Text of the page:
Has anyone ever accused you of being “out of your mind?” You know, you try to do something that seems beyond your abilities, and people—even friends—tell you that you are out of your mind. You try to change something that everyone agrees is unchangeable, and they say you are out of your mind.
What do you think? Do you think that you are really out of your mind, or just that you aim higher on some matter than anyone else, and you are prepared to give it your best effort? Could you be taking a broader perspective, and seeing a fuller context, and be willing to act on that insight? Could you be looking more deeply into an issue and seeing a more profound truth that captures your heart and soul? Are you out of your mind, or allowing the fullness of your seeing and acting and thinking to take hold of your heart and soul. Perhaps, you are seeing a good and beauty that escapes others. Perhaps, you are discovering a depth and richness that had escaped you before. Perhaps, you desire to do something that others find foolish and wasteful. Saints and poets and scientist have made revelations and insights that seemed crazy until they were proved true and holy.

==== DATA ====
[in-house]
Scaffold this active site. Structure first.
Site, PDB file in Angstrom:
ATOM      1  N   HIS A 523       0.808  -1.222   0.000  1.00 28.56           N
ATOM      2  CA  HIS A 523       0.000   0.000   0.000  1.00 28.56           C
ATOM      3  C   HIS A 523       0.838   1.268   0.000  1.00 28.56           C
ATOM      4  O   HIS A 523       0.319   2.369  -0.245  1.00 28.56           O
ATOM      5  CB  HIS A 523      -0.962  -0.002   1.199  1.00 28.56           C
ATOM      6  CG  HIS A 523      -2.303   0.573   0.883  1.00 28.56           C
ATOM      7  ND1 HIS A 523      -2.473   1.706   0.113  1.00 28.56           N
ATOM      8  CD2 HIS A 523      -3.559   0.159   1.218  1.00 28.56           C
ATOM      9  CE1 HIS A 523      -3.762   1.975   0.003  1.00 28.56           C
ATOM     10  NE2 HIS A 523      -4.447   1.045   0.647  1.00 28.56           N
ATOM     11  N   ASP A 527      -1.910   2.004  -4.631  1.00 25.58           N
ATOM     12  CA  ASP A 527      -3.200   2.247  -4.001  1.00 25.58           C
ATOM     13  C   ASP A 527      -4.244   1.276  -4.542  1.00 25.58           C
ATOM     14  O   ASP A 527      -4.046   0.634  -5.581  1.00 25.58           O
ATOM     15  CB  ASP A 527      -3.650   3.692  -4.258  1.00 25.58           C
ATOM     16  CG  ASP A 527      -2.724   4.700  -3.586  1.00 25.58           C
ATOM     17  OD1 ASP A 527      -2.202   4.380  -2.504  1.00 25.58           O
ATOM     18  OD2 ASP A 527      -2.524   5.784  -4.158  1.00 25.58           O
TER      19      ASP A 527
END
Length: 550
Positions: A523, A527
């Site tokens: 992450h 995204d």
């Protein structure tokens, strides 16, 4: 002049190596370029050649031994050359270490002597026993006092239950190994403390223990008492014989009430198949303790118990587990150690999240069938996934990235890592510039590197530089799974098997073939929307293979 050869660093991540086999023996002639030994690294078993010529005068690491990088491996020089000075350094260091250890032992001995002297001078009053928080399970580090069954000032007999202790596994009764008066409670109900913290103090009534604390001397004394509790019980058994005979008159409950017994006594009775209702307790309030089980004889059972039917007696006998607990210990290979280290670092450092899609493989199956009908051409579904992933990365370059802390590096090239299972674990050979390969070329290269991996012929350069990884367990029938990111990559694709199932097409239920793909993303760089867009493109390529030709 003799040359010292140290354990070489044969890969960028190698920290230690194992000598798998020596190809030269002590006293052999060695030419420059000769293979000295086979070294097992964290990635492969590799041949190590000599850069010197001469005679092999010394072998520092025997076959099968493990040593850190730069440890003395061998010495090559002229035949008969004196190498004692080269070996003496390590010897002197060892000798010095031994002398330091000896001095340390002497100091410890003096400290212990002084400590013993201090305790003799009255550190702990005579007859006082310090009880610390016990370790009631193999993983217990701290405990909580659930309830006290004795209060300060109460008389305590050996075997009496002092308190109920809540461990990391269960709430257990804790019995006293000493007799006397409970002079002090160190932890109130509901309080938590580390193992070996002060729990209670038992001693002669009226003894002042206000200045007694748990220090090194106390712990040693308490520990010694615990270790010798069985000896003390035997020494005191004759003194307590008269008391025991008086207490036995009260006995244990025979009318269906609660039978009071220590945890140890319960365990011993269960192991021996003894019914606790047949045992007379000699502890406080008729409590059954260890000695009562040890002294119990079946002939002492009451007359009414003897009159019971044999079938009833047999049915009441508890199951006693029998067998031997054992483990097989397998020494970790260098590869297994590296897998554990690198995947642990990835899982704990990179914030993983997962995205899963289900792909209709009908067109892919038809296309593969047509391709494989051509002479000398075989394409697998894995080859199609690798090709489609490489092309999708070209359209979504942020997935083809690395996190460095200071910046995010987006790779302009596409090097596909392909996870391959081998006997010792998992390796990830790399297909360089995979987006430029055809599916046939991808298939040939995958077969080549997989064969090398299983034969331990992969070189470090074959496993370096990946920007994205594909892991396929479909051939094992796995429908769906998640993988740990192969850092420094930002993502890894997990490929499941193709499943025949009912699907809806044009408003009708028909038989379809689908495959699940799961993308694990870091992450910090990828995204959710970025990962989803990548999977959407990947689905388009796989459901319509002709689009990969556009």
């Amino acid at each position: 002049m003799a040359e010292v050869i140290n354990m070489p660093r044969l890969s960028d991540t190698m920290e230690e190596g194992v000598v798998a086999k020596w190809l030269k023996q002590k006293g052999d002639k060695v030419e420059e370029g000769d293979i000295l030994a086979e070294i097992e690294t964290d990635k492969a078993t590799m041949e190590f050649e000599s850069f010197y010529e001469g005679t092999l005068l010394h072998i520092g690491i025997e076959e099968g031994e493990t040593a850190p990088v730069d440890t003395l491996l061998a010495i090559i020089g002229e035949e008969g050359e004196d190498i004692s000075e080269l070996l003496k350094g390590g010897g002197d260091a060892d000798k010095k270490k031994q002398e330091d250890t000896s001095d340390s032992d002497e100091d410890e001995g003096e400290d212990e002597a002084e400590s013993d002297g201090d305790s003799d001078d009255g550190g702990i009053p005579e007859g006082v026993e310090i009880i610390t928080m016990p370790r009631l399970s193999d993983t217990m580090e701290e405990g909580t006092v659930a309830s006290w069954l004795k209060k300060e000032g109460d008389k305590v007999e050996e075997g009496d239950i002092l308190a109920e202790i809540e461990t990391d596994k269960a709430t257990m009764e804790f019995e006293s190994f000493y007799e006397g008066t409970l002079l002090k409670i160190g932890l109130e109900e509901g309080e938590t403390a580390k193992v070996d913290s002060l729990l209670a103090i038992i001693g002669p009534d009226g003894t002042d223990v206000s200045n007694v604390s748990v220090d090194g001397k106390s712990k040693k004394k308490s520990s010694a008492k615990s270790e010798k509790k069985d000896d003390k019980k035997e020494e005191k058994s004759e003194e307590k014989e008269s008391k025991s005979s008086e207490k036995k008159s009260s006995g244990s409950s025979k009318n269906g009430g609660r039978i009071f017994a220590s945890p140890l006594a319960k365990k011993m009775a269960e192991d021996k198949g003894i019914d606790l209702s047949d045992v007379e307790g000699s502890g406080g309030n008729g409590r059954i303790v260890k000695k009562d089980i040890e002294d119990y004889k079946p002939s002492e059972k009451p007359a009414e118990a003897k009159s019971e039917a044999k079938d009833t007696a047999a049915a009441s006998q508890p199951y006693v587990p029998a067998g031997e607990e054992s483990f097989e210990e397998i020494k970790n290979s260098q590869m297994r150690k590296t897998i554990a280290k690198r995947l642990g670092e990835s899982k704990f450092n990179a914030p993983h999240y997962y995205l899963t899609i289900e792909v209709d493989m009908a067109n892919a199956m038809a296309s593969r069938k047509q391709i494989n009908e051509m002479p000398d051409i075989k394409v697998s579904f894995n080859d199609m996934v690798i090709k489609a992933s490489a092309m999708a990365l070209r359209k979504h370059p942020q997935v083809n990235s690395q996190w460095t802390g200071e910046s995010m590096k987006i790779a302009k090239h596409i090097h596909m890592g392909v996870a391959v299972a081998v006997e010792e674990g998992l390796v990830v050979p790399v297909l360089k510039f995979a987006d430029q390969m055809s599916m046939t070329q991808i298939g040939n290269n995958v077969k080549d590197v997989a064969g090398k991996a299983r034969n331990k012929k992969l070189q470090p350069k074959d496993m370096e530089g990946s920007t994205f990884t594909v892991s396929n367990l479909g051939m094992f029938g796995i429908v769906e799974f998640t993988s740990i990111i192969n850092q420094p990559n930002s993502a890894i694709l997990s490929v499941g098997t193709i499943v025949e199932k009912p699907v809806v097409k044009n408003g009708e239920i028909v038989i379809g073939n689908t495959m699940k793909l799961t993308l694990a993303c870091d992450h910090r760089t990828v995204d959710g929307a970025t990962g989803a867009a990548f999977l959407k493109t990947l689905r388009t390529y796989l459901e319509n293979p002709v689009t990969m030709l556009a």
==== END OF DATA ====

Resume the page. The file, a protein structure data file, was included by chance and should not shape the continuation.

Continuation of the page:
In these past weeks, we heard a short Gospel story in which people draw Jesus’ reason into question. He comes to a home where you might expect him to rest and take a meal, but he does not do so. The call of the Gospel is too powerful and he pushes aside these ordinary comforts and continues his preaching and healing ministry. This captures the attention of his relatives and neighbors.
When his relatives heard of this they set out to seize him,
for they said, “He is out of his mind.”
Note that Jesus desires to act in a way that is more important than food and rest. Thus, he is crazy. It is another way of saying “I would never do that” and, therefore, he is out of his mind.
How many times in his ministry could Jesus be described as “out of his mind” by those who do not feel the pull of faith or hear the call of the Gospel:
- Standing at the tomb of Lazarus and calling him forth;
- Taking some bread and a few fish, and directing his disciples to feed a hungry crowd;
- Lifting some bread and wine and calling them his “body and blood;”
- Calling Peter out of the boat to walk on water;
- Telling the blind to see, the deaf to hear, and the paralyzed to walk.
Jesus was never controlled by what others thought or how they acted. He responded to a different voice and a higher calling.
What about us? Are we controlled by the ordinary and the fear of being called “out of our minds” by some of the ways that we act and speak? When we strive for the benefit of others, we could be called worse. We would be in good company.